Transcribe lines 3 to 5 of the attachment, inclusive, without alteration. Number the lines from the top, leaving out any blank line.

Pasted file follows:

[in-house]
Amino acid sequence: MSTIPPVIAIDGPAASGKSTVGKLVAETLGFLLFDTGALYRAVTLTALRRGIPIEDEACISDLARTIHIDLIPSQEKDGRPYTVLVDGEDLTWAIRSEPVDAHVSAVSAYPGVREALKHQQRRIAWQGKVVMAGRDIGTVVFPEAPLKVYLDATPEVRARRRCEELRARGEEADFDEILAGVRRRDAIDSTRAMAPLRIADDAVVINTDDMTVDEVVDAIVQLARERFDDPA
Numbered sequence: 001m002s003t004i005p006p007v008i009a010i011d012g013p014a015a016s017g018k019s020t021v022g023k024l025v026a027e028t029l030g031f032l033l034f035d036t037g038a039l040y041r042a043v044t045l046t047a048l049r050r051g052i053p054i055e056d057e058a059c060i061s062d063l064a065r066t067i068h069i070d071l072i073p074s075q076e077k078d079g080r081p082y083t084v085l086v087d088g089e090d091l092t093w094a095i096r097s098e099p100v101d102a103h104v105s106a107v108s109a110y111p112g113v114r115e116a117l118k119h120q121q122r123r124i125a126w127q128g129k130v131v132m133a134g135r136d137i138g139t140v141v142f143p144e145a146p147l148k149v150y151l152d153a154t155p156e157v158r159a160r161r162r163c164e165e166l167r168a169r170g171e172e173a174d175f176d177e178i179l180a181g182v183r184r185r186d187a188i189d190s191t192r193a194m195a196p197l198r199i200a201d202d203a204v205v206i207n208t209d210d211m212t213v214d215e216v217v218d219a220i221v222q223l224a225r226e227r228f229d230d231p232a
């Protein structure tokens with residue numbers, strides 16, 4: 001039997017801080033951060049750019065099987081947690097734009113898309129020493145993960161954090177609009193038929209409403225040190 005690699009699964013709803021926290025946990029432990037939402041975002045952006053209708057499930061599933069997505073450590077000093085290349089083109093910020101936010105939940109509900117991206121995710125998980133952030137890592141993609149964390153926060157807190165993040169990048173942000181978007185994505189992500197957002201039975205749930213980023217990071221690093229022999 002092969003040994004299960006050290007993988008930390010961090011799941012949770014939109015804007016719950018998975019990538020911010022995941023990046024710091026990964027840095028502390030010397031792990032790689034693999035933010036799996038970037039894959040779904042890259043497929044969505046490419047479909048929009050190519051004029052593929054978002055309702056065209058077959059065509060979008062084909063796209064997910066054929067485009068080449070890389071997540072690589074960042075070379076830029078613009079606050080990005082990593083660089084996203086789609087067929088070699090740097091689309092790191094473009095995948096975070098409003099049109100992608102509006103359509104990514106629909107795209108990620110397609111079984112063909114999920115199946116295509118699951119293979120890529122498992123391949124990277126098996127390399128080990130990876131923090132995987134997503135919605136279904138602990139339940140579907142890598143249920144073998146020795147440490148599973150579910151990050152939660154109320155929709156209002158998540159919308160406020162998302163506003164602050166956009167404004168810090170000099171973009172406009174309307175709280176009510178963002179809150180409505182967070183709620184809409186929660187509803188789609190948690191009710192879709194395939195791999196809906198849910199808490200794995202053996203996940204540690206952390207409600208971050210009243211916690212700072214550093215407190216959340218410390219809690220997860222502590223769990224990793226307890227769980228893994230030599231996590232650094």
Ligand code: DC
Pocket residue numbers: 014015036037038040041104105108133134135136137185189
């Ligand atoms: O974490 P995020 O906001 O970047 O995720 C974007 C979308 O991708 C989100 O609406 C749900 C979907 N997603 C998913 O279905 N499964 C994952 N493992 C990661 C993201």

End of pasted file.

Numbered sequence: 001m002s003t004i005p006p007v008i009a010i011d012g013p014a015a016s017g018k019s020t021v022g023k024l025v026a027e028t029l030g031f032l033l034f035d036t037g038a039l040y041r042a043v044t045l046t047a048l049r050r051g052i053p054i055e056d057e058a059c060i061s062d063l064a065r066t067i068h069i070d071l072i073p074s075q076e077k078d079g080r081p082y083t084v085l086v087d088g089e090d091l092t093w094a095i096r097s098e099p100v101d102a103h104v105s106a107v108s109a110y111p112g113v114r115e116a117l118k119h120q121q122r123r124i125a126w127q128g129k130v131v132m133a134g135r136d137i138g139t140v141v142f143p144e145a146p147l148k149v150y151l152d153a154t155p156e157v158r159a160r161r162r163c164e165e166l167r168a169r170g171e172e173a174d175f176d177e178i179l180a181g182v183r184r185r186d187a188i189d190s191t192r193a194m195a196p197l198r199i200a201d202d203a204v205v206i207n208t209d210d211m212t213v214d215e216v217v218d219a220i221v222q223l224a225r226e227r228f229d230d231p232a
């Protein structure tokens with residue numbers, strides 16, 4: 001039997017801080033951060049750019065099987081947690097734009113898309129020493145993960161954090177609009193038929209409403225040190 005690699009699964013709803021926290025946990029432990037939402041975002045952006053209708057499930061599933069997505073450590077000093085290349089083109093910020101936010105939940109509900117991206121995710125998980133952030137890592141993609149964390153926060157807190165993040169990048173942000181978007185994505189992500197957002201039975205749930213980023217990071221690093229022999 002092969003040994004299960006050290007993988008930390010961090011799941012949770014939109015804007016719950018998975019990538020911010022995941023990046024710091026990964027840095028502390030010397031792990032790689034693999035933010036799996038970037039894959040779904042890259043497929044969505046490419047479909048929009050190519051004029052593929054978002055309702056065209058077959059065509060979008062084909063796209064997910066054929067485009068080449070890389071997540072690589074960042075070379076830029078613009079606050080990005082990593083660089084996203086789609087067929088070699090740097091689309092790191094473009095995948096975070098409003099049109100992608102509006103359509104990514106629909107795209108990620110397609111079984112063909114999920115199946116295509118699951119293979120890529122498992123391949124990277126098996127390399128080990130990876131923090132995987134997503135919605136279904138602990139339940140579907142890598143249920144073998146020795147440490148599973150579910151990050152939660154109320155929709156209002158998540159919308160406020162998302163506003164602050166956009167404004168810090170000099171973009172406009174309307175709280176009510178963002179809150180409505182967070183709620184809409186929660187509803188789609190948690191009710192879709194395939195791999196809906198849910199808490200794995202053996203996940204540690206952390207409600208971050210009243211916690212700072214550093215407190216959340218410390219809690220997860222502590223769990224990793226307890227769980228893994230030599231996590232650094």
Ligand code: DC